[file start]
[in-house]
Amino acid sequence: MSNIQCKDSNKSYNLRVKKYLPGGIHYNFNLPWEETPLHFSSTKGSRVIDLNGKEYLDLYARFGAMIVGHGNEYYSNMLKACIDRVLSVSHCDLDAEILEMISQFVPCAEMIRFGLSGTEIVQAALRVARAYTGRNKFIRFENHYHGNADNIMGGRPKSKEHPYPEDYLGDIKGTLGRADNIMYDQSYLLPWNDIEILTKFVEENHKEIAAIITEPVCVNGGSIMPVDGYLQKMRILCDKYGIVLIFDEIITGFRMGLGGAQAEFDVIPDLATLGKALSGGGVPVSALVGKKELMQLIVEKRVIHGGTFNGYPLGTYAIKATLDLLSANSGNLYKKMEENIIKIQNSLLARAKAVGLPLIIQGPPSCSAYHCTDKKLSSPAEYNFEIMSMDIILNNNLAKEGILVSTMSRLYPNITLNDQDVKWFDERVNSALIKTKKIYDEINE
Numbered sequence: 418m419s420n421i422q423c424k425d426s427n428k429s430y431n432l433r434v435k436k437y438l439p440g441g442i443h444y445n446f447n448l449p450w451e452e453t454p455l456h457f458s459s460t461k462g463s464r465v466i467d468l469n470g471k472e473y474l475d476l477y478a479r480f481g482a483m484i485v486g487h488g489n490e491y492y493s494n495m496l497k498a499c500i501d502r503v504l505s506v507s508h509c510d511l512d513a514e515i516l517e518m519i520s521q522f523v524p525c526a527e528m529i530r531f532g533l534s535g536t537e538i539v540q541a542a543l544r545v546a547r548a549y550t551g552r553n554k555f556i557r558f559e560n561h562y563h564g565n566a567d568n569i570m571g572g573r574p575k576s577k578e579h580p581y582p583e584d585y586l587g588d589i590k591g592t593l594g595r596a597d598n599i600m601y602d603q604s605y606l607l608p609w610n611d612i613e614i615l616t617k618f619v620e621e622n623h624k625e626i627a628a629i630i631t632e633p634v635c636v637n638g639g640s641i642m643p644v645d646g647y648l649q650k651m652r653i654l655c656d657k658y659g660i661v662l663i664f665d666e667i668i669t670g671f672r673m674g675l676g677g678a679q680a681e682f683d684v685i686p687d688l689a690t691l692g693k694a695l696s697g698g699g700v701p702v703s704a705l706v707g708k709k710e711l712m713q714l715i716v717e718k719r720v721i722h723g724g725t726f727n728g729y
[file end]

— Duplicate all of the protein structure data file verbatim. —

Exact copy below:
[in-house]
Amino acid sequence: MSNIQCKDSNKSYNLRVKKYLPGGIHYNFNLPWEETPLHFSSTKGSRVIDLNGKEYLDLYARFGAMIVGHGNEYYSNMLKACIDRVLSVSHCDLDAEILEMISQFVPCAEMIRFGLSGTEIVQAALRVARAYTGRNKFIRFENHYHGNADNIMGGRPKSKEHPYPEDYLGDIKGTLGRADNIMYDQSYLLPWNDIEILTKFVEENHKEIAAIITEPVCVNGGSIMPVDGYLQKMRILCDKYGIVLIFDEIITGFRMGLGGAQAEFDVIPDLATLGKALSGGGVPVSALVGKKELMQLIVEKRVIHGGTFNGYPLGTYAIKATLDLLSANSGNLYKKMEENIIKIQNSLLARAKAVGLPLIIQGPPSCSAYHCTDKKLSSPAEYNFEIMSMDIILNNNLAKEGILVSTMSRLYPNITLNDQDVKWFDERVNSALIKTKKIYDEINE
Numbered sequence: 418m419s420n421i422q423c424k425d426s427n428k429s430y431n432l433r434v435k436k437y438l439p440g441g442i443h444y445n446f447n448l449p450w451e452e453t454p455l456h457f458s459s460t461k462g463s464r465v466i467d468l469n470g471k472e473y474l475d476l477y478a479r480f481g482a483m484i485v486g487h488g489n490e491y492y493s494n495m496l497k498a499c500i501d502r503v504l505s506v507s508h509c510d511l512d513a514e515i516l517e518m519i520s521q522f523v524p525c526a527e528m529i530r531f532g533l534s535g536t537e538i539v540q541a542a543l544r545v546a547r548a549y550t551g552r553n554k555f556i557r558f559e560n561h562y563h564g565n566a567d568n569i570m571g572g573r574p575k576s577k578e579h580p581y582p583e584d585y586l587g588d589i590k591g592t593l594g595r596a597d598n599i600m601y602d603q604s605y606l607l608p609w610n611d612i613e614i615l616t617k618f619v620e621e622n623h624k625e626i627a628a629i630i631t632e633p634v635c636v637n638g639g640s641i642m643p644v645d646g647y648l649q650k651m652r653i654l655c656d657k658y659g660i661v662l663i664f665d666e667i668i669t670g671f672r673m674g675l676g677g678a679q680a681e682f683d684v685i686p687d688l689a690t691l692g693k694a695l696s697g698g699g700v701p702v703s704a705l706v707g708k709k710e711l712m713q714l715i716v717e718k719r720v721i722h723g724g725t726f727n728g729y